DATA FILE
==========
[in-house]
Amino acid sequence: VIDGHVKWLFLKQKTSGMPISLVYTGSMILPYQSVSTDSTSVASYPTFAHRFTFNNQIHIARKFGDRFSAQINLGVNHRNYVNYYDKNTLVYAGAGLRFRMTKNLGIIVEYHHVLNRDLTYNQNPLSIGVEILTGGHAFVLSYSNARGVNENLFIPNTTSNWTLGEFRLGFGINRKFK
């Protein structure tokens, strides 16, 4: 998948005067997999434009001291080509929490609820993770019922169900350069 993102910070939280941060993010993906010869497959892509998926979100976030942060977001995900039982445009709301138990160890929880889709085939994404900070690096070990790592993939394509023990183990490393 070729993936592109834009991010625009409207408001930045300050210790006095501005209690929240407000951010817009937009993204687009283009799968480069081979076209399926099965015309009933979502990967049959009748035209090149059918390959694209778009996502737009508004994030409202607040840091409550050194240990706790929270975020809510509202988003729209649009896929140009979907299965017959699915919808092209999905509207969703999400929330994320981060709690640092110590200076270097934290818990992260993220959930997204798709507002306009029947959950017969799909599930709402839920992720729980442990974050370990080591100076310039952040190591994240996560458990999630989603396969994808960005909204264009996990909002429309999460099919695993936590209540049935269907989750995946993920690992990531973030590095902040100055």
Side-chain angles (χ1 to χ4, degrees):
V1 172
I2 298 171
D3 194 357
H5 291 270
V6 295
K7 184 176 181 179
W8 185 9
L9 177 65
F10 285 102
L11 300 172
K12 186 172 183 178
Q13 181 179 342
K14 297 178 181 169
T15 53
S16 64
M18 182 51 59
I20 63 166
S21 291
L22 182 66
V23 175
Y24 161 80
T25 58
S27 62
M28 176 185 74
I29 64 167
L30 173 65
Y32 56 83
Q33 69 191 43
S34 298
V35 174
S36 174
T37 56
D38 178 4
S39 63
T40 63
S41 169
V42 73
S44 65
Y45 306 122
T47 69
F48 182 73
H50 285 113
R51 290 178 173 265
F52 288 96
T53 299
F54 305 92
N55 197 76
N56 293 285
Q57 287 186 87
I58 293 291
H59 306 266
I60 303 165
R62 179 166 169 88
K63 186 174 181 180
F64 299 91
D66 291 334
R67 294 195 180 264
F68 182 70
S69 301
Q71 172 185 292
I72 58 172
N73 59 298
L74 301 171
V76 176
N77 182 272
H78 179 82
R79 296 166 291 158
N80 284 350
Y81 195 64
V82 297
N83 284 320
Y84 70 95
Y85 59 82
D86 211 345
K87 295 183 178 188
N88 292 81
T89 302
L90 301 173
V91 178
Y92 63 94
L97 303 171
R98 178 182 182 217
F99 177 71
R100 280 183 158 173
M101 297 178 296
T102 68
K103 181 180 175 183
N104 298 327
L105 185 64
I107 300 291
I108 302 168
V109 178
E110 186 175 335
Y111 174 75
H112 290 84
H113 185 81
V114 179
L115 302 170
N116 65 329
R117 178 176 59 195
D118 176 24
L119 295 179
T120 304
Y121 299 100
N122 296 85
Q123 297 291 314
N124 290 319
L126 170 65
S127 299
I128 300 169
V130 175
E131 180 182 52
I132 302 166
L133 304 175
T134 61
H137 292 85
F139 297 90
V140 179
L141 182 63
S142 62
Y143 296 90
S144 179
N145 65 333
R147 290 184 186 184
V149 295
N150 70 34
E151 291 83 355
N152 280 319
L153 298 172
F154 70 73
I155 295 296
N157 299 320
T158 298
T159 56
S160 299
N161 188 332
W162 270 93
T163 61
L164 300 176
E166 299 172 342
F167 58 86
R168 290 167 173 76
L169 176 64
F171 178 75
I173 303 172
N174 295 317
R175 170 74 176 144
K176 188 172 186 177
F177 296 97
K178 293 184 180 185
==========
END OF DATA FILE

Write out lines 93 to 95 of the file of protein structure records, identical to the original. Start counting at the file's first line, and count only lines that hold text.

L105 185 64
I107 300 291
I108 302 168